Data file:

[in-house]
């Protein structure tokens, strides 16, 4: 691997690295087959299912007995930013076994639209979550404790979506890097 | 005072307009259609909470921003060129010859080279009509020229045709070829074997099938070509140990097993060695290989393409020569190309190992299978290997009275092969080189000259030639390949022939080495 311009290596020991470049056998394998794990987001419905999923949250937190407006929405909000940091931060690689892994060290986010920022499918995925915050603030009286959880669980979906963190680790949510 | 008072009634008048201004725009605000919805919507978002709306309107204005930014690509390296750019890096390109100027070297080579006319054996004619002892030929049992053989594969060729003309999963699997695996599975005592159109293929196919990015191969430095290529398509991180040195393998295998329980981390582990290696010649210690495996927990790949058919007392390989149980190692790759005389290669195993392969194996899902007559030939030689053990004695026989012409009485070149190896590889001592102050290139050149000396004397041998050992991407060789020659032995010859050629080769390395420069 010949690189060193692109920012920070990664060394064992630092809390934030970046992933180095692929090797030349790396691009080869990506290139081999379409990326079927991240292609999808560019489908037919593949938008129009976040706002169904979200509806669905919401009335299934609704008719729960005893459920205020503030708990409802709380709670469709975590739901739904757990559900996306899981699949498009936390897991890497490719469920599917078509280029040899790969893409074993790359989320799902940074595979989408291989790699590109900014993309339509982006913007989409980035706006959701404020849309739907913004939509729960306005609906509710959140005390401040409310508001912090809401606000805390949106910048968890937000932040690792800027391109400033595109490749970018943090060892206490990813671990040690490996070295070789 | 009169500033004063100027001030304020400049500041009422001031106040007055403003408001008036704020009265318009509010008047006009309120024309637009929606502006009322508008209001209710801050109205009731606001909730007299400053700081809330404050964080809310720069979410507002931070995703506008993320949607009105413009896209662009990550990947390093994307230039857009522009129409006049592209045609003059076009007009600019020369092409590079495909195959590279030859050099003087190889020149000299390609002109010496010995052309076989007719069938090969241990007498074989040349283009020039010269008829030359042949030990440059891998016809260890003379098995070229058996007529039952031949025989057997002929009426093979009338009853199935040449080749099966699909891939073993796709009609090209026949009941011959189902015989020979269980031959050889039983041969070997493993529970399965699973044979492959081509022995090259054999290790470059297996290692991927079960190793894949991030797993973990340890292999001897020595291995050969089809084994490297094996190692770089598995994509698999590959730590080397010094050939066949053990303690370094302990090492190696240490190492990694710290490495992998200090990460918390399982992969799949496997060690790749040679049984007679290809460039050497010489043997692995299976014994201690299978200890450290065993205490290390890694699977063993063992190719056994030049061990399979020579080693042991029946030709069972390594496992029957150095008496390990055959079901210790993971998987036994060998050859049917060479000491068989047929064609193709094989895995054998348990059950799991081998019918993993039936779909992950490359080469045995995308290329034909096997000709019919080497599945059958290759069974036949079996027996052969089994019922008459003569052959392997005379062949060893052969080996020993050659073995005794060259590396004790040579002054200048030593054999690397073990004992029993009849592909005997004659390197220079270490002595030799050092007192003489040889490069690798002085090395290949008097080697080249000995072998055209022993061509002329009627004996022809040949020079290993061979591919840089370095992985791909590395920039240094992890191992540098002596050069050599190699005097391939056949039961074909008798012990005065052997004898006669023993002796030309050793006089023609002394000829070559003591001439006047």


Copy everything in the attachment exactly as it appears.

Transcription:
[in-house]
């Protein structure tokens, strides 16, 4: 691997690295087959299912007995930013076994639209979550404790979506890097 | 005072307009259609909470921003060129010859080279009509020229045709070829074997099938070509140990097993060695290989393409020569190309190992299978290997009275092969080189000259030639390949022939080495 311009290596020991470049056998394998794990987001419905999923949250937190407006929405909000940091931060690689892994060290986010920022499918995925915050603030009286959880669980979906963190680790949510 | 008072009634008048201004725009605000919805919507978002709306309107204005930014690509390296750019890096390109100027070297080579006319054996004619002892030929049992053989594969060729003309999963699997695996599975005592159109293929196919990015191969430095290529398509991180040195393998295998329980981390582990290696010649210690495996927990790949058919007392390989149980190692790759005389290669195993392969194996899902007559030939030689053990004695026989012409009485070149190896590889001592102050290139050149000396004397041998050992991407060789020659032995010859050629080769390395420069 010949690189060193692109920012920070990664060394064992630092809390934030970046992933180095692929090797030349790396691009080869990506290139081999379409990326079927991240292609999808560019489908037919593949938008129009976040706002169904979200509806669905919401009335299934609704008719729960005893459920205020503030708990409802709380709670469709975590739901739904757990559900996306899981699949498009936390897991890497490719469920599917078509280029040899790969893409074993790359989320799902940074595979989408291989790699590109900014993309339509982006913007989409980035706006959701404020849309739907913004939509729960306005609906509710959140005390401040409310508001912090809401606000805390949106910048968890937000932040690792800027391109400033595109490749970018943090060892206490990813671990040690490996070295070789 | 009169500033004063100027001030304020400049500041009422001031106040007055403003408001008036704020009265318009509010008047006009309120024309637009929606502006009322508008209001209710801050109205009731606001909730007299400053700081809330404050964080809310720069979410507002931070995703506008993320949607009105413009896209662009990550990947390093994307230039857009522009129409006049592209045609003059076009007009600019020369092409590079495909195959590279030859050099003087190889020149000299390609002109010496010995052309076989007719069938090969241990007498074989040349283009020039010269008829030359042949030990440059891998016809260890003379098995070229058996007529039952031949025989057997002929009426093979009338009853199935040449080749099966699909891939073993796709009609090209026949009941011959189902015989020979269980031959050889039983041969070997493993529970399965699973044979492959081509022995090259054999290790470059297996290692991927079960190793894949991030797993973990340890292999001897020595291995050969089809084994490297094996190692770089598995994509698999590959730590080397010094050939066949053990303690370094302990090492190696240490190492990694710290490495992998200090990460918390399982992969799949496997060690790749040679049984007679290809460039050497010489043997692995299976014994201690299978200890450290065993205490290390890694699977063993063992190719056994030049061990399979020579080693042991029946030709069972390594496992029957150095008496390990055959079901210790993971998987036994060998050859049917060479000491068989047929064609193709094989895995054998348990059950799991081998019918993993039936779909992950490359080469045995995308290329034909096997000709019919080497599945059958290759069974036949079996027996052969089994019922008459003569052959392997005379062949060893052969080996020993050659073995005794060259590396004790040579002054200048030593054999690397073990004992029993009849592909005997004659390197220079270490002595030799050092007192003489040889490069690798002085090395290949008097080697080249000995072998055209022993061509002329009627004996022809040949020079290993061979591919840089370095992985791909590395920039240094992890191992540098002596050069050599190699005097391939056949039961074909008798012990005065052997004898006669023993002796030309050793006089023609002394000829070559003591001439006047």